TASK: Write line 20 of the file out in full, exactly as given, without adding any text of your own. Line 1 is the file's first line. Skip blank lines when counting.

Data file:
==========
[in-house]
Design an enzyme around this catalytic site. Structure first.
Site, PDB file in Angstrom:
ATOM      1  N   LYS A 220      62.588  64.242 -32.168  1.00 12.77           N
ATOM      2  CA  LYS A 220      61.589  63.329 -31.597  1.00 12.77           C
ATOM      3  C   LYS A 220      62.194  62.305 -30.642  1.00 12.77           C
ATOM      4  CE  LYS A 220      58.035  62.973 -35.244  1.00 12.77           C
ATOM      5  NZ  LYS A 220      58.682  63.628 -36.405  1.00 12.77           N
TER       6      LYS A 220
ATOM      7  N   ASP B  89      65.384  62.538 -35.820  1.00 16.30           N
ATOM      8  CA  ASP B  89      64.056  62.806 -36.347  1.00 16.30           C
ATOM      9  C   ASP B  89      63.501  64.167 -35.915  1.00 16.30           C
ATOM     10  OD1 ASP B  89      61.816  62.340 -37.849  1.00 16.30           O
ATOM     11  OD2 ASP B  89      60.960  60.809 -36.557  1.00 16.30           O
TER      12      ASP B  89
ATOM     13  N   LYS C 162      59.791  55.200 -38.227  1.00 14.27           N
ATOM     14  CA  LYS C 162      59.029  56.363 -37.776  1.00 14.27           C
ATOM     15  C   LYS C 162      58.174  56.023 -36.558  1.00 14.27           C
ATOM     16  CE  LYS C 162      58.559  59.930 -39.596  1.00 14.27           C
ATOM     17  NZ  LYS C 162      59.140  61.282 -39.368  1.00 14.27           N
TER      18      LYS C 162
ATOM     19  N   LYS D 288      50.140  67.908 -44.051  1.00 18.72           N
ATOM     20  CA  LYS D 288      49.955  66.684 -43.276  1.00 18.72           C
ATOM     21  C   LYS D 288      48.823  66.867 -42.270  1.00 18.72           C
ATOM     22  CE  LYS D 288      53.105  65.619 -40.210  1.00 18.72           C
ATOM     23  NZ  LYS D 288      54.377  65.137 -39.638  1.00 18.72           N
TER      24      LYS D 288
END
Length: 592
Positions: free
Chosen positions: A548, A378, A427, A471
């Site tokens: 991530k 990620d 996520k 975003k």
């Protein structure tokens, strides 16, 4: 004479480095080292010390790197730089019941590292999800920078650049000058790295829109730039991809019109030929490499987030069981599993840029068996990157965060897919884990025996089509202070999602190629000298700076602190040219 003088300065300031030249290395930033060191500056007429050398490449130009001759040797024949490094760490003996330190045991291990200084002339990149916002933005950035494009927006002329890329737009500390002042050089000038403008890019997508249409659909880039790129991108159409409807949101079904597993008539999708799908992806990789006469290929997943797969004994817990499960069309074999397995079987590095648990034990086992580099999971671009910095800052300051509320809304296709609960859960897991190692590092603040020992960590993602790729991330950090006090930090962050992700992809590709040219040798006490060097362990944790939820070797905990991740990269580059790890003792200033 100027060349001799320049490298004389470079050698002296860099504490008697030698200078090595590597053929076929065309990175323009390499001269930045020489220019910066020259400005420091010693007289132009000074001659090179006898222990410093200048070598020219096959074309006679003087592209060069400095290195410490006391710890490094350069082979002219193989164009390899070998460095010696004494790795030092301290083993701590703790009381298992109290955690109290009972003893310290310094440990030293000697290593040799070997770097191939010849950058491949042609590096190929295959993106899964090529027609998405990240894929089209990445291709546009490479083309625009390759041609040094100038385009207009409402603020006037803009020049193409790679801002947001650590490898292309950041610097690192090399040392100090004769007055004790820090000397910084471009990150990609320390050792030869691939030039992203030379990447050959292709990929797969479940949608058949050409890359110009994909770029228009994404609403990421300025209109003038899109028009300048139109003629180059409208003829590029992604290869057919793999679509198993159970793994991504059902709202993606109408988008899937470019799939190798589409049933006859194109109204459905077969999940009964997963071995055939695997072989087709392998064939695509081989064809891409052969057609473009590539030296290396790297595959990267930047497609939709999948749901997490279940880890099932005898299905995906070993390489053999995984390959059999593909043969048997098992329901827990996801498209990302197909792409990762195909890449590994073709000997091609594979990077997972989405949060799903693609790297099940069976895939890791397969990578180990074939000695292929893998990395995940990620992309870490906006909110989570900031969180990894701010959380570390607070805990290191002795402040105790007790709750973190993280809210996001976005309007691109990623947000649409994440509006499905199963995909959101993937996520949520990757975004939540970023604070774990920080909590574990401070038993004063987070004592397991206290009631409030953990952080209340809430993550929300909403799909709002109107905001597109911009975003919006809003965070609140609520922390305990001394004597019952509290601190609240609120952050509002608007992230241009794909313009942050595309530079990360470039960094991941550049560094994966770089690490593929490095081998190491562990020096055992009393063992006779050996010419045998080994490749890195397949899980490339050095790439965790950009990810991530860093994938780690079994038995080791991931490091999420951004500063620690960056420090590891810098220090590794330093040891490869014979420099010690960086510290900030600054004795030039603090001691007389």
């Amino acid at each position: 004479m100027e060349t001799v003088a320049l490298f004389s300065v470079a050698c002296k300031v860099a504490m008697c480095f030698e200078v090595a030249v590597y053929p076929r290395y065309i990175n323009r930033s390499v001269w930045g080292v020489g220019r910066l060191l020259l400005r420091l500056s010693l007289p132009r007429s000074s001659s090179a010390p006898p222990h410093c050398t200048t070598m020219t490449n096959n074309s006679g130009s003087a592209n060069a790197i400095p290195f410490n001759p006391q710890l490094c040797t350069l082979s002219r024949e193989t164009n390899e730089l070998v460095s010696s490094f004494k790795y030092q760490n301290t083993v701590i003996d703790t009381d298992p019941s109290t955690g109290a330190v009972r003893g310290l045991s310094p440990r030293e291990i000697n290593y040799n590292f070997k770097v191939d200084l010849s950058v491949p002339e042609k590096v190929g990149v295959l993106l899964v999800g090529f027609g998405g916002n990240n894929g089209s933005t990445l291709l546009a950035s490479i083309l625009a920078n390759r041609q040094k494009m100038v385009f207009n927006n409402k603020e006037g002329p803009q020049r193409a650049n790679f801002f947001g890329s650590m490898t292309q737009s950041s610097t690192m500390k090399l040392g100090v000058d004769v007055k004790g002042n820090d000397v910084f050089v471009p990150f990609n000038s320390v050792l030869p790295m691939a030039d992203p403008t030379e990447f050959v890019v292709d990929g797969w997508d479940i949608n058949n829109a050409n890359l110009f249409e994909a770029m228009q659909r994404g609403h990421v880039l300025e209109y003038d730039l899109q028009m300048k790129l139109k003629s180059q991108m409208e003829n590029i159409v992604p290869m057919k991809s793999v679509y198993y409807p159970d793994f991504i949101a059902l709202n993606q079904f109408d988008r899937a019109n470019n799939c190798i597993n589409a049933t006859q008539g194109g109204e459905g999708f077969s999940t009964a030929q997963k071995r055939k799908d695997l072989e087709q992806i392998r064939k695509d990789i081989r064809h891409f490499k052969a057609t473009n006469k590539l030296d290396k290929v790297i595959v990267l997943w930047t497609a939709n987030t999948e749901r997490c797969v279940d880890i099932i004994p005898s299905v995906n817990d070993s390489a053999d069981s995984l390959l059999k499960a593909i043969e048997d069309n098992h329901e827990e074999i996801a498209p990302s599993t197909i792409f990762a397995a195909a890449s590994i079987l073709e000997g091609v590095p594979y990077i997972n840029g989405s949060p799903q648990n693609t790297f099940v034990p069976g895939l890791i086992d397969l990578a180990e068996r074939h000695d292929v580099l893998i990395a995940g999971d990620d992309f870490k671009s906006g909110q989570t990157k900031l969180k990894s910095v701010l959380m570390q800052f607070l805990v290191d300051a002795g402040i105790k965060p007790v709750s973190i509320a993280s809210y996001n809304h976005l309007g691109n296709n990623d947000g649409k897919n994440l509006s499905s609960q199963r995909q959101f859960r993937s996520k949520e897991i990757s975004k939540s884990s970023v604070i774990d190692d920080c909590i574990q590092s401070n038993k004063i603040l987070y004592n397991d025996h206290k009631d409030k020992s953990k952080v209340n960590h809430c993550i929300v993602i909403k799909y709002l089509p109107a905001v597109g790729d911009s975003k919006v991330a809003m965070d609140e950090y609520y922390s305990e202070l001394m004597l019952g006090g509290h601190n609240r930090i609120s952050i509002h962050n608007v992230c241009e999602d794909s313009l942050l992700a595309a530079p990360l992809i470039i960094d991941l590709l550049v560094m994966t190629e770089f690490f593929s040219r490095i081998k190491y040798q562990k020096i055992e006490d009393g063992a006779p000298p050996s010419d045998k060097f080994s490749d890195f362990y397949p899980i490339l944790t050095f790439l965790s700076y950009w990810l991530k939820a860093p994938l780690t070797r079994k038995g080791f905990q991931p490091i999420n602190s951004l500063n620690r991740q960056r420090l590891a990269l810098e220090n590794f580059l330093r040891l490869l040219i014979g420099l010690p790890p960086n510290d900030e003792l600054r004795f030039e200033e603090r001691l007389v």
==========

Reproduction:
ATOM     17  NZ  LYS C 162      59.140  61.282 -39.368  1.00 14.27           N